For the unemployed the heaven will not fall if CPM loses. For the distressed peasants it is immaterial whether BJP loses or CPM wins, they have no option but ro resort to self-destruction—suicide—for salvation. For the workers of vanishing factories there is no difference between the red flag and the saffron flag. Not that tribals in Tripura will miss autonomy and right to forest produce if CPM ceases to exercise their authoritarian rule all in the name of the people. All their politics revolves around electoral permutations and combinations. In election everything is fair, the perception of friends and foes changes according to alignment and realignment of vested interests. The Marxist party has long forfeited the right to fly the red flag. This crimson red party cannot motivate the poor anymore because it hardly talks of the class it is supposed to represent. It has totally changed its class out-look. Maybe, in their revised formulation of Marxism, formation of government by any means, fair or foul, is the highest form of class struggle! Their struggle is not against big business, rather they are more interested in pacifying the aggrieved and deprived. Politics of collaboration matters in all their activities which are specifically election oriented. Most of their young cadres seem to have not heard the existence of a party programme adopted in the sixties promising to complete a people's democratic revolution! Today they represent the forces of counter-revolution, not revolution. If electoral compulsion demands they may one day join hands with BJP, all their outbursts against BJP are too passive and skin-deep to make it a point of no return. Condemning communal riots and atrocities on Dalits from afar cannot make people believe they are genuinely secular and pro-people. They are isolated from basic masses everywhere. Tripura is not an isolated island. They are no less communal and casteist than BJP—only difference is that they don't make it in terms of temple and mosque or for that matter cow. Like the Euro-communists they are destined to go into the garbage of history not in the distant future.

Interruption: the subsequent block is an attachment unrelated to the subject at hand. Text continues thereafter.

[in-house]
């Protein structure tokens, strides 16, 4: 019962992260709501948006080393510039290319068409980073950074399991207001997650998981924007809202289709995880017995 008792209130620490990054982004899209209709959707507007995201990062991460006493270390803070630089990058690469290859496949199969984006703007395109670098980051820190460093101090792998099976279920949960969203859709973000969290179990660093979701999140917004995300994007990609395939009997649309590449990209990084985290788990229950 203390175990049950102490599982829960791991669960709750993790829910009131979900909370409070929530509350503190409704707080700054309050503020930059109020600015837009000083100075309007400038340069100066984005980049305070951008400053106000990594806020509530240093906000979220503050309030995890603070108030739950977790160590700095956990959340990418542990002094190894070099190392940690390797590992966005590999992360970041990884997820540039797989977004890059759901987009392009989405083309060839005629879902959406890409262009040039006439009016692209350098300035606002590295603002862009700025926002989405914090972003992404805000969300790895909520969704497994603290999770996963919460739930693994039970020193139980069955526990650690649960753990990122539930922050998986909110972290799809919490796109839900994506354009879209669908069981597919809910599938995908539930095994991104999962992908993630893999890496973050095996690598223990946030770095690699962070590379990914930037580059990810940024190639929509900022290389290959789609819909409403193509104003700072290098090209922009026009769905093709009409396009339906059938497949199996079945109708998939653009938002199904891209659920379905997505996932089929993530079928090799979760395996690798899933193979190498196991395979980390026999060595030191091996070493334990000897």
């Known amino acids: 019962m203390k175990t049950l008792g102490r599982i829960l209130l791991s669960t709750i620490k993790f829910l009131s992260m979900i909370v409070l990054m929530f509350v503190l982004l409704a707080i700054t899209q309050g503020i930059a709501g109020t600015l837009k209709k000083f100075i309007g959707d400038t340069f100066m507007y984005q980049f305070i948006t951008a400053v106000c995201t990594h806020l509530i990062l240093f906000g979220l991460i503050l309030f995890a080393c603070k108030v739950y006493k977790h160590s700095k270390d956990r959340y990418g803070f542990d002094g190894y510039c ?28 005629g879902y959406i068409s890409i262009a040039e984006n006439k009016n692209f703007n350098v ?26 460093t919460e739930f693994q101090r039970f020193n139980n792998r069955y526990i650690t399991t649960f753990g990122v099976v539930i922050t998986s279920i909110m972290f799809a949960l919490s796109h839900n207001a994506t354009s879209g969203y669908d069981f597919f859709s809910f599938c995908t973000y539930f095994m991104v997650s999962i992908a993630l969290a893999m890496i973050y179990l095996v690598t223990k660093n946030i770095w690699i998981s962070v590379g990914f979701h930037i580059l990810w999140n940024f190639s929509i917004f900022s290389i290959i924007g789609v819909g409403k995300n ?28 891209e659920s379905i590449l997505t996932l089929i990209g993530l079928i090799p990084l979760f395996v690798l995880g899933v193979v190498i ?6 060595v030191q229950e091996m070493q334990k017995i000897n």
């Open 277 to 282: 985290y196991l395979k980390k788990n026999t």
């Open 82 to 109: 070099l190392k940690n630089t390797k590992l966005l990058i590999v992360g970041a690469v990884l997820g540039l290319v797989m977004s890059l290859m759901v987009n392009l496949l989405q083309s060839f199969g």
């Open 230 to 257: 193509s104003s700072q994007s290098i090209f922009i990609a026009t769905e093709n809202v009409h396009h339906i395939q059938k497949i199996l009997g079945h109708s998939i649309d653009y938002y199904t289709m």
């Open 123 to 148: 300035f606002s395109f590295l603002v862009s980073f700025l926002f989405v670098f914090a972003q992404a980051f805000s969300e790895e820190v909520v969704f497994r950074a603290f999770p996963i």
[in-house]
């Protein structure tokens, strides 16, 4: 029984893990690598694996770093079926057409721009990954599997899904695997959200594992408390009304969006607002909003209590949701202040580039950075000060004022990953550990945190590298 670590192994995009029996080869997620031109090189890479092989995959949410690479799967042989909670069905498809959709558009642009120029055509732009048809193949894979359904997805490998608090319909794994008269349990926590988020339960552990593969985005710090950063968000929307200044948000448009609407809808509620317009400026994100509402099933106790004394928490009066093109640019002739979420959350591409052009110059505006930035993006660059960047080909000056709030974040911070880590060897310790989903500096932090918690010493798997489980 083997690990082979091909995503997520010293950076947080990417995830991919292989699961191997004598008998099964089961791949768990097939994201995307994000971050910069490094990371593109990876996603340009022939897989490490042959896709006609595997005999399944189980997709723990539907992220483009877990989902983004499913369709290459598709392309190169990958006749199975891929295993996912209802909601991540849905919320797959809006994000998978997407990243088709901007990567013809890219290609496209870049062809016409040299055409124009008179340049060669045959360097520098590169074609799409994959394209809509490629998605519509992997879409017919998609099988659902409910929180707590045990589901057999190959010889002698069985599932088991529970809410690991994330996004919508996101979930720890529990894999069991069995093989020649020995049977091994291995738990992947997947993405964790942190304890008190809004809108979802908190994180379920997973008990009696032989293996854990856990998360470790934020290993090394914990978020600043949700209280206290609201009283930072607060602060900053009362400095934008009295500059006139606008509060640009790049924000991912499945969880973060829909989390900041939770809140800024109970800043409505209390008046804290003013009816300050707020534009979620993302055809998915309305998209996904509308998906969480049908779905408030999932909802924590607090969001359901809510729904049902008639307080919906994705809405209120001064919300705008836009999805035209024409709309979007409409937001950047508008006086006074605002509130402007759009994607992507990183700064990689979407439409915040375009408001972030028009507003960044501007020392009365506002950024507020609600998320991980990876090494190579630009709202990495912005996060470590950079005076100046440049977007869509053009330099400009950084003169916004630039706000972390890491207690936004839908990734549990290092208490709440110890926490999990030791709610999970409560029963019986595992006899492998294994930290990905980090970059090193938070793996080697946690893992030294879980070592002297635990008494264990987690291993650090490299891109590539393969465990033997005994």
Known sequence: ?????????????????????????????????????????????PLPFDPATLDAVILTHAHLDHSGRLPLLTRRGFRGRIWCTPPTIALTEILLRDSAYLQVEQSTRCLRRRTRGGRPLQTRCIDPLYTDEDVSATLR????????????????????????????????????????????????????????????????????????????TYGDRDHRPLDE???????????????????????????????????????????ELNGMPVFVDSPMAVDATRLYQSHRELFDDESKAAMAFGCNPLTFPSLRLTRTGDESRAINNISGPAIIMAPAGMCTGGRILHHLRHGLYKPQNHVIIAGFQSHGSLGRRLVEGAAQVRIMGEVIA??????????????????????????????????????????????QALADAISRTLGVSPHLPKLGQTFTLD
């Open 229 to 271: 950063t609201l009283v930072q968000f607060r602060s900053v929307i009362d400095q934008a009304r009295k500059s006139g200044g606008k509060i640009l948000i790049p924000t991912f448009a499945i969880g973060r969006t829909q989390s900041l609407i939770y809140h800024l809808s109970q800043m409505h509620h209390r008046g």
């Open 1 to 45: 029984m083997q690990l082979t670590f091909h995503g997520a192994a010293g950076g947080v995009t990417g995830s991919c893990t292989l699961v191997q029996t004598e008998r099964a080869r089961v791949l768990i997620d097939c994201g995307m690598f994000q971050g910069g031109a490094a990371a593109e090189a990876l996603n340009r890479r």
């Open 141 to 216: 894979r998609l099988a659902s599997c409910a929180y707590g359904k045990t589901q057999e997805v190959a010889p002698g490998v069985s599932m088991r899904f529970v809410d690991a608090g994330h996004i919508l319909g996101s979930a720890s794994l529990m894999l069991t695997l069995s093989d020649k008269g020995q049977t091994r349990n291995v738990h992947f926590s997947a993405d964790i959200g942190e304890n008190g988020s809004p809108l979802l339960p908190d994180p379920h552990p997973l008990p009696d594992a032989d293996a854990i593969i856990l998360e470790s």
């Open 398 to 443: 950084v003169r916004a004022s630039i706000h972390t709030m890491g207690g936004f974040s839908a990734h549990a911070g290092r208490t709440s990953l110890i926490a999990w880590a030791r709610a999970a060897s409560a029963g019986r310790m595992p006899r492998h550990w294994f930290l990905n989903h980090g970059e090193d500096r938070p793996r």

Panicked by the saffron avalanche in Tripura, some opposition parties and regional groups have begun to voice their desire to project an alternative platform to the BJP in the 2019 parliamentary polls. They have called a meeting of such anti-BJP parties in Delhi on March 27 and 28 under the initiative of Shared Pawar's Nationalist Congress Party. But most regional parties are opportunist to the core—they have no sound political basis to call themselves regional in the first place. A little dose of liberal grant-in-aid from the Centre will be enough to silence them. Some politicians in Tamil Nadu see in vandalising Periyar's statue a diversionary tactic to divert public attention from the burning issue of Cauvery water dispute. Communal BJP is not their headache. All opposition parties including Congress and dozens of communist outfits are too impotent to fight against the economic base that sustains Modi and his party. When it is the question of economy and impoverishment of vast majority of people Congress has no case at all. After all BJP is executing more faithfully and ruthlessly the Congress policy of corporatisation and privatisation. Talking about corruption here and there makes little impact on the voters because they accept it as part of birth right of politicians and bureaucrats who manage the administrative system.

It is unlikely that a strong federal front or opposition front will emerge out of Tripura panic. Without an alternative economic model and a common ideological bond no opposition platform can last for long even if they succeed in making a makeshift arrangement. A powerful opposition movement against the saffronites can succeed only if it begins where the Janata experiment in 1977 ended. An idea of democracy existed in the streets during the post-emergency period, and for those who care about other India's future, that idea becomes even more compelling as it requires to build resistance against this terrible present.

Vol. 50, No.37, Mar 18 - 24, 2018